In the National University's Plaza del Che someone's put up a mural celebrating Mono Jojoy, or Víctor Julio Suárez Rojas, the second-in-commando of the FARC guerrillas, who was killed by a military bombardment several weeks ago.
'The murder's impotence is dropped by the planes...
¡But bombs can do nothing where there's plenty of heart!'
-- Bolivarian Youth Movement
The National University, called La Nacho, is known for its leftist politics and colorful graffiti. Che Guevara's portrait is on the opposite wall of the plaza, which is known as La Plaza del Che. Beside Mono Jojoy is a portrait of Camilo Torres, the university's idealistic chaplain, who joined the ELN guerrillas in 1965 and died in his first battle. Accoding to the story, the pacifist Torres refused to pick up a gun. In those days, it was still possible to believe that the guerrillas offered a better solution for Colombia.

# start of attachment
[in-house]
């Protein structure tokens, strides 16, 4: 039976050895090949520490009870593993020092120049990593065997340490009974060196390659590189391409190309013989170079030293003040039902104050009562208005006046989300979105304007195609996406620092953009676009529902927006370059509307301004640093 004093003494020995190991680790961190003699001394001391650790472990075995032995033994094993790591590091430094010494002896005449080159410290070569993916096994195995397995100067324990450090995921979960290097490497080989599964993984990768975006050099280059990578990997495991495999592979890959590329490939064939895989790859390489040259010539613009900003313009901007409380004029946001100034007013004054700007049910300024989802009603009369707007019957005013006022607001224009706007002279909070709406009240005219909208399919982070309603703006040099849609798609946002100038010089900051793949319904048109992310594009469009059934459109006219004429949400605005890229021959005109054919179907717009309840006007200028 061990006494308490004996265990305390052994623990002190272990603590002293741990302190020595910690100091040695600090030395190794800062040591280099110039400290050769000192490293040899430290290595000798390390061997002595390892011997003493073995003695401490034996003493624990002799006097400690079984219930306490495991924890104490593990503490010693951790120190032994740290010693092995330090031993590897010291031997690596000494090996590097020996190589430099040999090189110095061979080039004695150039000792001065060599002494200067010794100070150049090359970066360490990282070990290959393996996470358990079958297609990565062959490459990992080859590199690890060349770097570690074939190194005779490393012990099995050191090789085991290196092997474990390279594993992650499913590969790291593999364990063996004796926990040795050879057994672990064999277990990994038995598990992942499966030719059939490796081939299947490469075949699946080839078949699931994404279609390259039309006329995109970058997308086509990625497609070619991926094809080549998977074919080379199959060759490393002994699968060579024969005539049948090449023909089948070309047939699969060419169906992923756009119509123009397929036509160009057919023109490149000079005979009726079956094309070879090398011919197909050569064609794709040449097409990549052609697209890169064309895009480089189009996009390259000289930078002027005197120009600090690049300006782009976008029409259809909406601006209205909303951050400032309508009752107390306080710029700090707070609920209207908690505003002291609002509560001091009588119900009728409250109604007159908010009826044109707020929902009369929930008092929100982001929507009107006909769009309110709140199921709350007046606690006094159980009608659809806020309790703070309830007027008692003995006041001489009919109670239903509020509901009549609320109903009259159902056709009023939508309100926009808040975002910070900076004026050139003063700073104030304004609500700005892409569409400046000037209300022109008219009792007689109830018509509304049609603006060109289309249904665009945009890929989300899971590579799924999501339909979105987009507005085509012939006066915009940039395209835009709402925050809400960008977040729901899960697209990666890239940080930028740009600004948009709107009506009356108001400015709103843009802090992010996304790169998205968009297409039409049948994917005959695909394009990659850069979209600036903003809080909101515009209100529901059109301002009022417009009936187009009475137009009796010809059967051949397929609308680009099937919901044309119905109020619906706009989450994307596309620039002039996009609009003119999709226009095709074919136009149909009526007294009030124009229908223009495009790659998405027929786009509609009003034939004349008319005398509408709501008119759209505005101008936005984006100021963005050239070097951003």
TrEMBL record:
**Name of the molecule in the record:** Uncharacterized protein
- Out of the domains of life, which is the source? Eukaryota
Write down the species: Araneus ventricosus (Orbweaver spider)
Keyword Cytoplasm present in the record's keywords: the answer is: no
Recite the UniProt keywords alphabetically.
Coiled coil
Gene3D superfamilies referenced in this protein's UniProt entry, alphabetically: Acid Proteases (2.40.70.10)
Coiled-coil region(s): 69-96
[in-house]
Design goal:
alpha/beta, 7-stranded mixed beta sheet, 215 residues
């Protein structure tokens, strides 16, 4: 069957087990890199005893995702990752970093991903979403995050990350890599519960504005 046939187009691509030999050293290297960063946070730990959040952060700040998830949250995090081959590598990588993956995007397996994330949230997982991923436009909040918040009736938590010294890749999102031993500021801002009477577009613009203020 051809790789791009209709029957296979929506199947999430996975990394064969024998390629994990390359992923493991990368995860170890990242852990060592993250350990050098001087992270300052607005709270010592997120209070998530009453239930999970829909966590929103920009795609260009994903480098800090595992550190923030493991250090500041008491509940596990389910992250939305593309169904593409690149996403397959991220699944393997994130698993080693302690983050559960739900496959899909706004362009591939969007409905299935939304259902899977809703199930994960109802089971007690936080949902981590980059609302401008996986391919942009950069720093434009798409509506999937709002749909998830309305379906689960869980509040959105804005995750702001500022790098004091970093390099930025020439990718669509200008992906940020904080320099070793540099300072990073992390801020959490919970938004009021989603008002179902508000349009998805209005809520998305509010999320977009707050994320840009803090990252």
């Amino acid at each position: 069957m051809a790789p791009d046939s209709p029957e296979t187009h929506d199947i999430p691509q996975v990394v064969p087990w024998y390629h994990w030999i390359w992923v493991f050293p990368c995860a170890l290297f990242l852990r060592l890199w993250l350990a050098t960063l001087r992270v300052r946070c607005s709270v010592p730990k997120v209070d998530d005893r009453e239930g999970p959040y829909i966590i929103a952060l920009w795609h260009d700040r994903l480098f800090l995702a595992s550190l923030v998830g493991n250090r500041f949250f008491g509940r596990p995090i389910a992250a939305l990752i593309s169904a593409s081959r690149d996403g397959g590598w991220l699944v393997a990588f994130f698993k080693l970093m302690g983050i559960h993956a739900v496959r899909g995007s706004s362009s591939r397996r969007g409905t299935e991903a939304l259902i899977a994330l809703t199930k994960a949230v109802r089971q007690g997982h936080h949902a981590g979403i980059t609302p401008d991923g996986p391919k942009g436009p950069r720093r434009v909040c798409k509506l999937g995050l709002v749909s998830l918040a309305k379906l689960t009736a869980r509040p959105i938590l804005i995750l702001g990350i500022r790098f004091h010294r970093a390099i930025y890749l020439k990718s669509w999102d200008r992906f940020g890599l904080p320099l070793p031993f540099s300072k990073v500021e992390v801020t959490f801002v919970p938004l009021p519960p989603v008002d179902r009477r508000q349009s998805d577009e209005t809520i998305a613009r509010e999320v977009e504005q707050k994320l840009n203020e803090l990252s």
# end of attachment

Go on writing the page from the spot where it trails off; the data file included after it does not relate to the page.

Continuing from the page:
Mono Jojoy, in contrast, was a monster. He allegedly planned bombings which killed dozens of civilians and ordered kidnappings and extortion. Besides, he led a terrorist organization which plants land mines, recruits children, has driven millions of Colombians from their homes and has earned condemnations from many human rights organizations. His portrait has no place in the university, and much less alongside Torres.
In Colombia there's a saying: 'If you're under 30 and not a communist, then you don't have a heart. If you're over 30 and still a communist, then you don't have a brain.'
|Alongside Camilo Torres|
Postscript: After being stored for five months in Bogotá while officials tried to figure out what to do with him, Jojoy's remains were handed over to his half brother and buried in a South Bogotá cemetery called El Apageo. Already, a few people have come and left flowers on the tomb. The half brother had wanted to bury Jojoy in their hometown of Cabrera, but authorities said they feared that the FARC would come try to take away the body
|Flowers on Jojoy's tomb (Photo: El Tiempo)|
Jojoy's tomb is monitored by cameras and security guards, who shoo away visitors.
By Mike Ceaser, of Bogotá Bike Tours